(Bloomberg) -- Israel will diverge even further from the policy path set out by the Federal Reserve if most economists prove right and the central bank cuts interest rates again to help the war-hit economy.

The Bank of Israel already broke with its US counterparts in cutting rates to start the year, after a long stretch when it largely followed the Fed’s lead in bringing borrowing costs to their highest since 2006. But priorities changed in the aftermath of Hamas’s attacks in October, a shock that led to a near-record economic contraction last quarter with inflation remaining subdued.

Even so, Israel’s rate decision on Monday looks like a close call. There’s a split consensus among economists, with most global banks from Morgan Stanley to Goldman Sachs Group Inc. predicting a cut of a quarter percentage point to 4.25%. 

Analysts at top Israeli lenders such as Bank Leumi and Bank Hapoalim are in a minority in a Bloomberg poll of 17 forecasters seeing a hold at 4.5%.

Morgan Stanley economists including Alina Slyusarchuk said they expect Israel’s central bank “to take measured steps in normalizing monetary policy conditions.”

At the same time, “economic risks related to the ongoing conflict remain in place while global financial conditions have tightened recently, which could amplify risks of FX depreciation and lead the Bank of Israel to err on the side of caution,” they said.

Economy, Inflation

The central bank’s monetary committee will need to grapple with economic cross-currents facing Israel.

A slowdown at the end of last year contrasts with signs of a quick rebound so far in 2024, especially in private consumption and a labor market that’s seen unemployment fall sharply since a spike in October. The Israeli Purchasing Managers’ Index in January shifted back into expansion from contraction, according to Bank Hapoalim.

A ramp-up in government spending also raises the risk of sticky inflation, especially if worker shortages endure. The future course of the conflict presents the biggest uncertainty of all, highlighted by the threat that the fighting could spread along Israel’s northern border where its military has been exchanging fire with Iran-backed Hezbollah.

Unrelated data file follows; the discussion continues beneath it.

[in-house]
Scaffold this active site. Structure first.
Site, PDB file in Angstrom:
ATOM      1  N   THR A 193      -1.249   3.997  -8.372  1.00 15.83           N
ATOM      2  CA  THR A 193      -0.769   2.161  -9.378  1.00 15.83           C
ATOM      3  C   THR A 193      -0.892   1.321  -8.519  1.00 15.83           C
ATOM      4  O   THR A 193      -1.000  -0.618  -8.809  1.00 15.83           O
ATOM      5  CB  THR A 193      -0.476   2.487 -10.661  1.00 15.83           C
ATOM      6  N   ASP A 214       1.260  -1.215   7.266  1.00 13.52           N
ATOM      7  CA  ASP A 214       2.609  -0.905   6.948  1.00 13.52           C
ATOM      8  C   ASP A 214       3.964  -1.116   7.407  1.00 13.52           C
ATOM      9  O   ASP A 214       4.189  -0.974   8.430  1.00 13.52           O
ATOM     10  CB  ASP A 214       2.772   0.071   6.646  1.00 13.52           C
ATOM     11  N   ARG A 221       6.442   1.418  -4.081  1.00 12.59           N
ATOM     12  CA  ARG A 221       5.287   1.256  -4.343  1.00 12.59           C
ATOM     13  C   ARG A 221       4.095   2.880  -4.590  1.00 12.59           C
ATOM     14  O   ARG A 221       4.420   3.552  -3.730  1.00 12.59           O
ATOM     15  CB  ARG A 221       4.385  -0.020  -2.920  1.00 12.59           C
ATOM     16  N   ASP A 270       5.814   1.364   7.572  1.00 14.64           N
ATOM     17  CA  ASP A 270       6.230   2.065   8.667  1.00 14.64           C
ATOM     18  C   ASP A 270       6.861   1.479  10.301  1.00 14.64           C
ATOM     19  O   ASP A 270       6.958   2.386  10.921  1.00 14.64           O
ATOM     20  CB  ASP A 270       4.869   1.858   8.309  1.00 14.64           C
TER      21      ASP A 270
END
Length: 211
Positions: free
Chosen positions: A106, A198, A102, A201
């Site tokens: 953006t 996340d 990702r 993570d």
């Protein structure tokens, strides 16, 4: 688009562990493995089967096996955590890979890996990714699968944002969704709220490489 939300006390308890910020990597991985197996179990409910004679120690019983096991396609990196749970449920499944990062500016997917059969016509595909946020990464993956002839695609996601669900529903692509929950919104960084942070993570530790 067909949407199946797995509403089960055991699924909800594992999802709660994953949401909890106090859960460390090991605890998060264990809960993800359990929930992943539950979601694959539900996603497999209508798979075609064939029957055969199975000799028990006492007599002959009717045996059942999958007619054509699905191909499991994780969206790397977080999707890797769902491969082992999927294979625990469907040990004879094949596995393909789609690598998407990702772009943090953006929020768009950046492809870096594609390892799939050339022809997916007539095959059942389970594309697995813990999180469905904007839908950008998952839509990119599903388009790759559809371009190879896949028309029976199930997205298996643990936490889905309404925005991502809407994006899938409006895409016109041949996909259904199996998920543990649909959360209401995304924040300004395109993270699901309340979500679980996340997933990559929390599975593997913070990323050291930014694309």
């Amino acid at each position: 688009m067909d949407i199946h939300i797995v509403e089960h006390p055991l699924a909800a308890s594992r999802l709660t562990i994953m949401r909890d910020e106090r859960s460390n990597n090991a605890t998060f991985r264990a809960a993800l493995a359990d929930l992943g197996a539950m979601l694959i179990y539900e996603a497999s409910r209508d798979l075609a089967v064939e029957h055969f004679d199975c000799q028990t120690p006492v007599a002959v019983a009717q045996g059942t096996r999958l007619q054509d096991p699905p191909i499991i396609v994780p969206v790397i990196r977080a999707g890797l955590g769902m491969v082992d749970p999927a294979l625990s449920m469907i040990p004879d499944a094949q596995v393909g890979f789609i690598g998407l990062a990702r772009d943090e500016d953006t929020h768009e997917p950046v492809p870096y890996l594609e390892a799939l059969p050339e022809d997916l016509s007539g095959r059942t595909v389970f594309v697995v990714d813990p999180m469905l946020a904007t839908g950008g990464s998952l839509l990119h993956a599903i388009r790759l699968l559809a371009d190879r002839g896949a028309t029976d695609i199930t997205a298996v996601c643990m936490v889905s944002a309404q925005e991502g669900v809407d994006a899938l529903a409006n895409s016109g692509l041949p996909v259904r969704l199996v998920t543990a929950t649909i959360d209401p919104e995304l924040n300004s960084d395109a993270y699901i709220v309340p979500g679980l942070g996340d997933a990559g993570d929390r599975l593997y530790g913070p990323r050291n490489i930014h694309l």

Relative calm has so far prevailed in Israeli markets, despite a downgrade earlier this month by Moody’s Investors Service, Israel’s first-ever sovereign rating cut. 

Since the decision, the shekel has been the second-best performer among a basket of 31 major currencies tracked by Bloomberg, a rally helped by gains in global tech stocks. It’s trading at a level stronger than before the war, up more than 12% after reaching an 11-year low in late October. 

“While uncertainties surrounding the conflict and a large fiscal deficit adds to hawkish pressures, we think that the near-term inflation developments as well as the recent FX performance will support further gradual rate cuts by the Bank of Israel, although we see risk skewed towards a more cautious outturn,” Goldman economists led by Kevin Daly said in a report.

Following a reduction of 25 basis points in January, Israel’s central bank gave no clear signal about the timing of what it plans to do next. Its research department projects the interest rate at 3.75%-4% in the fourth quarter of 2024, an outlook that Governor Amir Yaron has said could imply as many as four cuts this year.

Annual Israeli inflation was slowing or unchanged in all but one of the past 12 months, entering the government’s 1%-3% target range for the first time in over two years. While a surge in government spending on the war is a risk for prices, inflation has been largely immune to supply shocks linked to the conflict with the exception of a brief increase in food costs.

Fed officials have recently made clear they are in no rush to reduce rates. Several policymakers at the European Central Bank are also stressing that monetary easing can’t begin until more data arrives in the coming months. 

Yet even as Israel’s differential with the US is shrinking, its policy rate is near 2% when adjusted for inflation, comparable to Canada’s and a bigger buffer than in developed economies from the UK to the eurozone. 

“Moving away from the Fed route should not be an obstacle as long as it does not affect the exchange rate of the shekel,” said Alex Zabezhinsky, chief economist at Meitav DS Investments who forecasts a 25 basis-point decrease. “The Bank of Israel’s fears about threats to financial stability are not materializing, at least for now.” 

The reluctance of many global central banks to ease policy may still be a factor for Israel. Economic risks from the war in Gaza, now raging for over four months, are also a worry for policymakers, with little consensus over when the conflict might end.

“Due to heightened geopolitical uncertainty, the delay in Fed cuts, gradual economic recovery and the Bank of Israel’s cautious communication, we think a pause is more likely,” Barclays Plc economists including Brahim Razgallah said in a report.

--With assistance from Joel Rinneby.

(Updates with economist comment in final paragraph.)

©2024 Bloomberg L.P.